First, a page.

Having established that the building qualifies, it is then advisable to find out whether you have a sufficient number of tenants who want to participate. This is important because you will need enough qualifying tenants for the enfranchisement, but is also important from the point of view of being able to finance the acquisition. In order to qualify for enfranchisement, you need to establish that the number of participating tenants comprises not less than one half of all the flats in the building. However, if there are only two flats in the building then both must participate.
When these points have been established, there are five further practical steps which should be taken before embarking on the enfranchisement procedure.
1. You must establish what it is going to cost by obtaining a valuation. In simple terms, the price to be paid by the participating tenants to purchase the freehold of the building is the aggregate of:
- the building’s investment value to the freeholder – the capitalised value of his ground rents and the value of his reversion;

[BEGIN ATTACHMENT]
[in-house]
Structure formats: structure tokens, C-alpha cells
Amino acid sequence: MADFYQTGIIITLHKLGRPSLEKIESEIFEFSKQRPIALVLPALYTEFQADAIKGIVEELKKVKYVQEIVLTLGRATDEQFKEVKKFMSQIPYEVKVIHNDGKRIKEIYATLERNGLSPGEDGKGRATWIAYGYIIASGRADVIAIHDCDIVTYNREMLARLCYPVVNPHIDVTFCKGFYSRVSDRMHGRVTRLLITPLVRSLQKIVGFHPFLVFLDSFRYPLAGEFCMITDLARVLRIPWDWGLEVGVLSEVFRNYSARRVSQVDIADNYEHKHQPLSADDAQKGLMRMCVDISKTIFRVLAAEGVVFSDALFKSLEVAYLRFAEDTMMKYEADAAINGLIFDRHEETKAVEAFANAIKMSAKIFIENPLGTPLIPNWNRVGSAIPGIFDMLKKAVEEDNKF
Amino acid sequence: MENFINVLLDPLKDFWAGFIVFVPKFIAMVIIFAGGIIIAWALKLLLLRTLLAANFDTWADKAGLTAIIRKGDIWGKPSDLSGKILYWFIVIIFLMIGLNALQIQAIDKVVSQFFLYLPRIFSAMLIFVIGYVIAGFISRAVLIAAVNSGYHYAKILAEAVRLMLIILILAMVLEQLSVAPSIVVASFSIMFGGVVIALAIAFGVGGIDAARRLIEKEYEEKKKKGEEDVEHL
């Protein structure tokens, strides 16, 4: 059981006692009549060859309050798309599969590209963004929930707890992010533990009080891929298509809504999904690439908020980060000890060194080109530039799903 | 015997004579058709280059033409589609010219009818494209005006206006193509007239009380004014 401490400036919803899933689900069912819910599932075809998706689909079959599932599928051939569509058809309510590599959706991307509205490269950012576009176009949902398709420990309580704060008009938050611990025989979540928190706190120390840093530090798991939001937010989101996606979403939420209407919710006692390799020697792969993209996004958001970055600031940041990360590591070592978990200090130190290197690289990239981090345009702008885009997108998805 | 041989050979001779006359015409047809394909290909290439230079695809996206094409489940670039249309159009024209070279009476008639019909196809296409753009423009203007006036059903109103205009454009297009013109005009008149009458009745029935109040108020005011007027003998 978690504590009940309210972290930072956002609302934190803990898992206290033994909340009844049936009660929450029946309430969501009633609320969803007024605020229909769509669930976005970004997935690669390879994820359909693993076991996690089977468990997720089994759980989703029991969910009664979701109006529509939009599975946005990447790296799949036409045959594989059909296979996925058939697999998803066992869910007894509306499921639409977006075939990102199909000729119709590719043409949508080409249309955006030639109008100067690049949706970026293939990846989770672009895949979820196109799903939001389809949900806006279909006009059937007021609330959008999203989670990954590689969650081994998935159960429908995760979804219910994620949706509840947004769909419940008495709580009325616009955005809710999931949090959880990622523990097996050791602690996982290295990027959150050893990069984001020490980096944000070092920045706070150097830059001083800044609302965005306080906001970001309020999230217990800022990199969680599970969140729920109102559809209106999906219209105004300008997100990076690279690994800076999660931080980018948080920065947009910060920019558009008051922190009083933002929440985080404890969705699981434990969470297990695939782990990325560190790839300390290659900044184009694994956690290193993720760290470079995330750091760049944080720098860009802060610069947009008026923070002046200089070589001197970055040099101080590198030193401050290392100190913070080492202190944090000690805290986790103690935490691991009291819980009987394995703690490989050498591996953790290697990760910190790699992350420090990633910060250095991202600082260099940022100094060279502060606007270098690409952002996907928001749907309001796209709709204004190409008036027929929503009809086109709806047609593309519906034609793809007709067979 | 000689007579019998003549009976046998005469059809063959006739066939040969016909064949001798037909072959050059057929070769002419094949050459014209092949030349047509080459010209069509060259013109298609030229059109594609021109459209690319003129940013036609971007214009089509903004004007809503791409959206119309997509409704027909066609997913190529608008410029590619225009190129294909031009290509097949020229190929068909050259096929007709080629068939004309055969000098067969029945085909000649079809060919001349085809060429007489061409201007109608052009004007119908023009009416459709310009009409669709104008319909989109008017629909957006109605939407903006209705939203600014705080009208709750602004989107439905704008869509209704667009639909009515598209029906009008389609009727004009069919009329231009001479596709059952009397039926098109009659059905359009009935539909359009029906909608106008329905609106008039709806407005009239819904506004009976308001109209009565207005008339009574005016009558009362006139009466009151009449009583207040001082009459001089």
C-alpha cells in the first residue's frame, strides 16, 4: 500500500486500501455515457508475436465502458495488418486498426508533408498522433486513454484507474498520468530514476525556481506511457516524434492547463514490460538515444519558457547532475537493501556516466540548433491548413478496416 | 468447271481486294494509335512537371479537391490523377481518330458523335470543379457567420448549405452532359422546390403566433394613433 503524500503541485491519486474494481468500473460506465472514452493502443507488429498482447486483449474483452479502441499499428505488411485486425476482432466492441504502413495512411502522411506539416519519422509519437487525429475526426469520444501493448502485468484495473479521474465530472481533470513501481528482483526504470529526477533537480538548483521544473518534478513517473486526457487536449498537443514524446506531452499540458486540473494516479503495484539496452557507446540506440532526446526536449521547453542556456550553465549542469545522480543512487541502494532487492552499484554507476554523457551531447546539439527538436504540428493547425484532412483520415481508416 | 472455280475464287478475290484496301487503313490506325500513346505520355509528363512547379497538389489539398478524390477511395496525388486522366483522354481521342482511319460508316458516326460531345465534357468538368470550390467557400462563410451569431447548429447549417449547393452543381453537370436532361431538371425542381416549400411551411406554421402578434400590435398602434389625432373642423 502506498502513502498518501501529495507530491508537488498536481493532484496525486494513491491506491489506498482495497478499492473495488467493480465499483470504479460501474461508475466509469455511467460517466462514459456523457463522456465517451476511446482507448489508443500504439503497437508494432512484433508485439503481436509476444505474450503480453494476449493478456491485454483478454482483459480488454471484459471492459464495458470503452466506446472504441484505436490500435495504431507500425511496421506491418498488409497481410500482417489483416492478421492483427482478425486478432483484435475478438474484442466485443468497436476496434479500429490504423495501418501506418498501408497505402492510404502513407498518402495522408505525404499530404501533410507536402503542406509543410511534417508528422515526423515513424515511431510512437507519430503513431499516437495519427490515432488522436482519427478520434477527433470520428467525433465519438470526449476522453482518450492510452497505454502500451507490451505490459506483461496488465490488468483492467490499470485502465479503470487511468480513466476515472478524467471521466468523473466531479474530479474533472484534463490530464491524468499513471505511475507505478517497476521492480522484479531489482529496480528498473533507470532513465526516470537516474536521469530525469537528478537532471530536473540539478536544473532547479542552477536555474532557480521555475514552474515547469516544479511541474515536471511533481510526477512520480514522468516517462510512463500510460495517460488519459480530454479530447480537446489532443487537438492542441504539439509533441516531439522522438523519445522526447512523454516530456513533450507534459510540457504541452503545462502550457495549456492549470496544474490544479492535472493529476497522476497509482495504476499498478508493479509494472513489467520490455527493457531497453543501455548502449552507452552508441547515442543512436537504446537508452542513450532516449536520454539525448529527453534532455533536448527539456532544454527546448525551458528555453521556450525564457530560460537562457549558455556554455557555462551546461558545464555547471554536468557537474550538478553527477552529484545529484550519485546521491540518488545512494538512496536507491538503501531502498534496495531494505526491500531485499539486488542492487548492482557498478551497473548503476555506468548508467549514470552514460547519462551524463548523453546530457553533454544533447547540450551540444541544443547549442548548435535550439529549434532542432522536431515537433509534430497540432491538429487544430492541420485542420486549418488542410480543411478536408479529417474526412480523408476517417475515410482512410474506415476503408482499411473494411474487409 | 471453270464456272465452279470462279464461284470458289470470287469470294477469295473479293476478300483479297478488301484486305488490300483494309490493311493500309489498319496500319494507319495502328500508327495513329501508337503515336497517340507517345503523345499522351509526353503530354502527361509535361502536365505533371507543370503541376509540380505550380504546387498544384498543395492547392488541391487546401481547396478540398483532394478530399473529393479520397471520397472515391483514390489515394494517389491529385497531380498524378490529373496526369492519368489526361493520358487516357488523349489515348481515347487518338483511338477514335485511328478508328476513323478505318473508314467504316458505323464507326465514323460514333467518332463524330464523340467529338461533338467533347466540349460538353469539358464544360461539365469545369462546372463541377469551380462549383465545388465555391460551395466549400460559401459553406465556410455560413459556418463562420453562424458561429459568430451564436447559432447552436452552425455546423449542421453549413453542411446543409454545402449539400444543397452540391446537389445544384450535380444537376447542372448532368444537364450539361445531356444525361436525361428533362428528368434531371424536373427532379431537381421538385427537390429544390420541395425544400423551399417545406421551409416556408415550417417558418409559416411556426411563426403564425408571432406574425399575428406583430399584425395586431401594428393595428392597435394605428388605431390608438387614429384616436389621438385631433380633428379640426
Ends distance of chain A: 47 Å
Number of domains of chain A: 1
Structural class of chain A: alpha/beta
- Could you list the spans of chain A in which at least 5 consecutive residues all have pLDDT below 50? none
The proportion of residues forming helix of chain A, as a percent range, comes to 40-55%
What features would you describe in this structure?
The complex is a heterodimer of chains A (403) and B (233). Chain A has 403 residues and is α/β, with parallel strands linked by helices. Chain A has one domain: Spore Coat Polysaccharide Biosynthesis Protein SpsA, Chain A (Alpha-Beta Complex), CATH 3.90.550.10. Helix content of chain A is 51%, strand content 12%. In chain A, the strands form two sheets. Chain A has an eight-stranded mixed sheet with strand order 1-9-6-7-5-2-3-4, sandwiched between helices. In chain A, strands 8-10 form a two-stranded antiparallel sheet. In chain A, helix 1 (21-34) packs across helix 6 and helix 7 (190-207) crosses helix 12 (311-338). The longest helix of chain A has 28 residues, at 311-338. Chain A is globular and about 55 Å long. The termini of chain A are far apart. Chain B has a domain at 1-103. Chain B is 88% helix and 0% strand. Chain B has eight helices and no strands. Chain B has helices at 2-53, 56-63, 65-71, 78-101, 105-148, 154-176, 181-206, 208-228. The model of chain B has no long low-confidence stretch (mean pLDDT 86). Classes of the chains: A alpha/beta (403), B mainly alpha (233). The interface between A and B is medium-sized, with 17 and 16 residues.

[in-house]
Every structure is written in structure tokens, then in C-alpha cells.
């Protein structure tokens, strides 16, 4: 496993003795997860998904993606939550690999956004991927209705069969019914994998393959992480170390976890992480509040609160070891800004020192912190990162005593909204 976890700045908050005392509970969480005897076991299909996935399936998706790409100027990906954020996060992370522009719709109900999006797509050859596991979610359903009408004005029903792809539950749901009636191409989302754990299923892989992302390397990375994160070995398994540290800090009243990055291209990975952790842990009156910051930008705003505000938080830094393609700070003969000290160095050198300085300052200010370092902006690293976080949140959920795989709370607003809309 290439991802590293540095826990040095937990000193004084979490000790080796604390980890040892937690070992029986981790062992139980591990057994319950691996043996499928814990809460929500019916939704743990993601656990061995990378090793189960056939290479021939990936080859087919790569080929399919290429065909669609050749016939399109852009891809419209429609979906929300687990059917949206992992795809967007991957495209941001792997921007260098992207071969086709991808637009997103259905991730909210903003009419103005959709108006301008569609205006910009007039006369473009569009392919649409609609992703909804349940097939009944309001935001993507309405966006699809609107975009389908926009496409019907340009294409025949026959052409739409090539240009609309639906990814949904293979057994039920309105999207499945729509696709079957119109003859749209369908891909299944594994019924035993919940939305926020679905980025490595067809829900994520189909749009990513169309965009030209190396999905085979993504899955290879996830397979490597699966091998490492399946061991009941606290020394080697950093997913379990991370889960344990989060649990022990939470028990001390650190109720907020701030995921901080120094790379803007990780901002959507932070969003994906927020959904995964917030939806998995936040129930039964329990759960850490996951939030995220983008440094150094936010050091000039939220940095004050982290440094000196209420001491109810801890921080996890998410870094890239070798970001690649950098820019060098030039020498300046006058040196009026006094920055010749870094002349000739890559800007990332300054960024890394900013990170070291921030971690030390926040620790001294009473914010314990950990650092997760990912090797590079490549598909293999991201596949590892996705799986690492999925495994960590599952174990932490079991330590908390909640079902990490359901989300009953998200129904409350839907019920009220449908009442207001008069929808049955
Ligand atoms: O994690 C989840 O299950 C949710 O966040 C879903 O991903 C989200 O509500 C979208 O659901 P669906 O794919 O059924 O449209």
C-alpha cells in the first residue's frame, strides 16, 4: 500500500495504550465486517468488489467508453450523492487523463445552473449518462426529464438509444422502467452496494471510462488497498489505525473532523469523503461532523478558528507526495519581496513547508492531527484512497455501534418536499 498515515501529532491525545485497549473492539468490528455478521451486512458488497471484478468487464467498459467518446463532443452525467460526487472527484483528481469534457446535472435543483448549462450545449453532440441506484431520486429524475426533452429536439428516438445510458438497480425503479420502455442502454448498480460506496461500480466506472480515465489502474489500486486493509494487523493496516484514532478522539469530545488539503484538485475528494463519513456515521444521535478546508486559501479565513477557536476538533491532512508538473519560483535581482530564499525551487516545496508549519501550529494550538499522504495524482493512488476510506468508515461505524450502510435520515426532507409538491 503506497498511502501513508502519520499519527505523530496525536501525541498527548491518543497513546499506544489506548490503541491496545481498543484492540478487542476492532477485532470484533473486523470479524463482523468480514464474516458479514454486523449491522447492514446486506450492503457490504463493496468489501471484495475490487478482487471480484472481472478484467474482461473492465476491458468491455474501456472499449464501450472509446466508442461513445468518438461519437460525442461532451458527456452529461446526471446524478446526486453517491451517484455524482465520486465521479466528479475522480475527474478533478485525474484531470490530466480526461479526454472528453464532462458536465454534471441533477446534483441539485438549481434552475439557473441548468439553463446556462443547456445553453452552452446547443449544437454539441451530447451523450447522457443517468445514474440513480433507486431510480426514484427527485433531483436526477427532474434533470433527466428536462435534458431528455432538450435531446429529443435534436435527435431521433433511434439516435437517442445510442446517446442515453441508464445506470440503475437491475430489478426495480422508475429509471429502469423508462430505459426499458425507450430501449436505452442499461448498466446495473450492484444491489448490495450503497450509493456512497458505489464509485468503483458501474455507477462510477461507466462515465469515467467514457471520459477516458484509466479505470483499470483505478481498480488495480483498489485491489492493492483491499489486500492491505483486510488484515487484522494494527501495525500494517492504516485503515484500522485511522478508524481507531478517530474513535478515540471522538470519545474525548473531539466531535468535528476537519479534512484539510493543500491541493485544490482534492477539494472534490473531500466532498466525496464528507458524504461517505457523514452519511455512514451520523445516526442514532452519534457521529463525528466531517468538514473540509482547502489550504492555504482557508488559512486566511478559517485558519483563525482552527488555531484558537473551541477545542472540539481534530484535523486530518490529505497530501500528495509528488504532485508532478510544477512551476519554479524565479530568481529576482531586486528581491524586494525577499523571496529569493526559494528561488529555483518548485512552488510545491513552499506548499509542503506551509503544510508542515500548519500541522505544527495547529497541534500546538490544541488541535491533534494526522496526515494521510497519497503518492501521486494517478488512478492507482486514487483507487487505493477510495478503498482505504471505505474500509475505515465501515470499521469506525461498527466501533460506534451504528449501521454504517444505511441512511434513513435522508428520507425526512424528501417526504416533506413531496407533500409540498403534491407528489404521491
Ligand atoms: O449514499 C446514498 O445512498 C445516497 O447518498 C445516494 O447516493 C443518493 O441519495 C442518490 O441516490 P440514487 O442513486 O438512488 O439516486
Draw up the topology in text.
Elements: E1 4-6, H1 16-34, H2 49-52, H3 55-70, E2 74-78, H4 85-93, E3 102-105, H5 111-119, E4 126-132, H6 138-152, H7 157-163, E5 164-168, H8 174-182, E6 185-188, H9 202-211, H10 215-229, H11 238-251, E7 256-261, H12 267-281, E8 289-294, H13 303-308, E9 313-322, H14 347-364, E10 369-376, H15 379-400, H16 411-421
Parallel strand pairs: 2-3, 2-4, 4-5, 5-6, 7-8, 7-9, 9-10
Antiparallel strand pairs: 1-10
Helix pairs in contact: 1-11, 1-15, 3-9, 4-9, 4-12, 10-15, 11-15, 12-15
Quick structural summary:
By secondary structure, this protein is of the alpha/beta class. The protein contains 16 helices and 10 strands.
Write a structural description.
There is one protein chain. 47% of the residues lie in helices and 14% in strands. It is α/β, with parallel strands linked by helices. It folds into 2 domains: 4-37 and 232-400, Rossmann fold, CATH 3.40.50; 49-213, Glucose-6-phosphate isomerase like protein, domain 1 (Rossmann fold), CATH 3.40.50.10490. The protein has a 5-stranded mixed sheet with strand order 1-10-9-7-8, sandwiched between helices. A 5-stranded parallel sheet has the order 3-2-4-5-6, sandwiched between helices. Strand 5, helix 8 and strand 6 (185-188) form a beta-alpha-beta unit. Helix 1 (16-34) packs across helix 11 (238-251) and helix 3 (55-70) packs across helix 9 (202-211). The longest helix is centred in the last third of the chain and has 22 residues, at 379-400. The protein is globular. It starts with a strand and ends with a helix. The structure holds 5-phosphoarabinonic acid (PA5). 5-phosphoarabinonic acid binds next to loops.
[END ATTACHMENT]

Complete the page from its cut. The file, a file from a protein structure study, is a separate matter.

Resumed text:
- one half of the marriage value – the increased value attributable to the freehold by virtue of the participating tenants being able to grant themselves extended leases at nil premium and a peppercorn rent;
- compensation for loss in value of other property owned by the freeholder, including development value consequent to the severance of the building from that other property.
For the purposes of calculating price, the tenants should take the advice of a properly qualified Surveyor or Valuer with experience in the field of enfranchisement and knowledge of the market.
In addition, you must consider the participating tenants’ own legal costs, valuation fees, and the claimants will be required to reimburse the freeholder his own legal costs and valuation fees.
2. You will need to decide how to finance the cost of acquisition of the freehold. Some of the participating tenants may need to seek a further advance from a Building Society or Bank. The participants must consider who is to finance the purchase of the non-participants’ flats and on what basis.
3. It will be necessary to establish what vehicle should be used in order to buy the freehold and how the participating tenants will establish and regulate the relationship between themselves. In most cases, this is likely to be through a company structure, although in some circumstances a trust might be more appropriate. It should be noted that the participating tenants do not all have to have equal shares, so that the proportion of the shareholdings will be a matter for negotiation between them.